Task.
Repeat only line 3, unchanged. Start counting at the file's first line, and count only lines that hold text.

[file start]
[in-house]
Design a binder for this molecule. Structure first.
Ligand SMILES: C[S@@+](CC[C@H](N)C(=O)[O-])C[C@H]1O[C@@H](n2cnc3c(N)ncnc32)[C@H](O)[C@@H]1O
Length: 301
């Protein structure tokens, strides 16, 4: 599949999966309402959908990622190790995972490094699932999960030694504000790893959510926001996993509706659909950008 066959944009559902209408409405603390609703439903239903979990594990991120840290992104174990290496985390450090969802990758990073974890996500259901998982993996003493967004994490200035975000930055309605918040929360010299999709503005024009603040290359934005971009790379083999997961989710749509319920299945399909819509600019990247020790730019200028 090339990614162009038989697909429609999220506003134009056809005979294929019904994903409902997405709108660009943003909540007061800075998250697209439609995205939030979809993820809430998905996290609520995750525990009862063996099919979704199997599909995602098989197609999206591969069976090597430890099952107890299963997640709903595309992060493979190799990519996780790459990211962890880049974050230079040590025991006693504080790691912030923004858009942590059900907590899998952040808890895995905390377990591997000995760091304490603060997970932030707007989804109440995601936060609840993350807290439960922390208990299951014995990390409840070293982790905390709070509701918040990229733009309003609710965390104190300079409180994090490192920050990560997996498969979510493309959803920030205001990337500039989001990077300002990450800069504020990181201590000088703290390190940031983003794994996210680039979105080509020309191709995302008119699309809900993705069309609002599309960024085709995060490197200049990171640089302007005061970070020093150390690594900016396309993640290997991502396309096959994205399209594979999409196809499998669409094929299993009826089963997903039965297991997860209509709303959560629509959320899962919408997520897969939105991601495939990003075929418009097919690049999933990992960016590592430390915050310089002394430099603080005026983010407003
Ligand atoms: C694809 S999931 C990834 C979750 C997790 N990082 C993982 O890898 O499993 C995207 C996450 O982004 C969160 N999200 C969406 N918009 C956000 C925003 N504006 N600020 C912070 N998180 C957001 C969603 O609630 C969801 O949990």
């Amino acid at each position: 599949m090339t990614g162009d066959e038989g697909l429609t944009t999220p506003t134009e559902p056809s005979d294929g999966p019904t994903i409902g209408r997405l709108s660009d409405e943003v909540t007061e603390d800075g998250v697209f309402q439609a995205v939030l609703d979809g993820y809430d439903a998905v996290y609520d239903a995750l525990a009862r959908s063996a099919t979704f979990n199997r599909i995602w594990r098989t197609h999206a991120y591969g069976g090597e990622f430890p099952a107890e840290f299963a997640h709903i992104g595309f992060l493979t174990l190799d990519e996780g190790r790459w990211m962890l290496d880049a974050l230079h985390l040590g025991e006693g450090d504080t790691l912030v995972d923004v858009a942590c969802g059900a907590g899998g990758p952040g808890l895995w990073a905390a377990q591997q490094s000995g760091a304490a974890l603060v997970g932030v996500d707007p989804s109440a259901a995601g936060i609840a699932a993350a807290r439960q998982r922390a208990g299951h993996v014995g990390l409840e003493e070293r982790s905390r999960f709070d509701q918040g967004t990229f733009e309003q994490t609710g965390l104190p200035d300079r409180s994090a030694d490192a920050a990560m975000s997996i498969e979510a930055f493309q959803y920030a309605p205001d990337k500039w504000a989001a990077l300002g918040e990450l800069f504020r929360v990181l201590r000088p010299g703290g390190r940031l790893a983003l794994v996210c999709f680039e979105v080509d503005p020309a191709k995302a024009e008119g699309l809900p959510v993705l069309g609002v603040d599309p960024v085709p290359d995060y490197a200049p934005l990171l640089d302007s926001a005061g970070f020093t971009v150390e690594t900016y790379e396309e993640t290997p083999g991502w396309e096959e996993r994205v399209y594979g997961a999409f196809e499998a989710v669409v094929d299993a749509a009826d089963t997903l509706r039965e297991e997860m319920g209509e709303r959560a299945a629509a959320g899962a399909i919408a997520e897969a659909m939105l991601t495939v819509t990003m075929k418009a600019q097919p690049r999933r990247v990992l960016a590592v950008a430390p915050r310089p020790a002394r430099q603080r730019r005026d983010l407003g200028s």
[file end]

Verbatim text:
Ligand SMILES: C[S@@+](CC[C@H](N)C(=O)[O-])C[C@H]1O[C@@H](n2cnc3c(N)ncnc32)[C@H](O)[C@@H]1O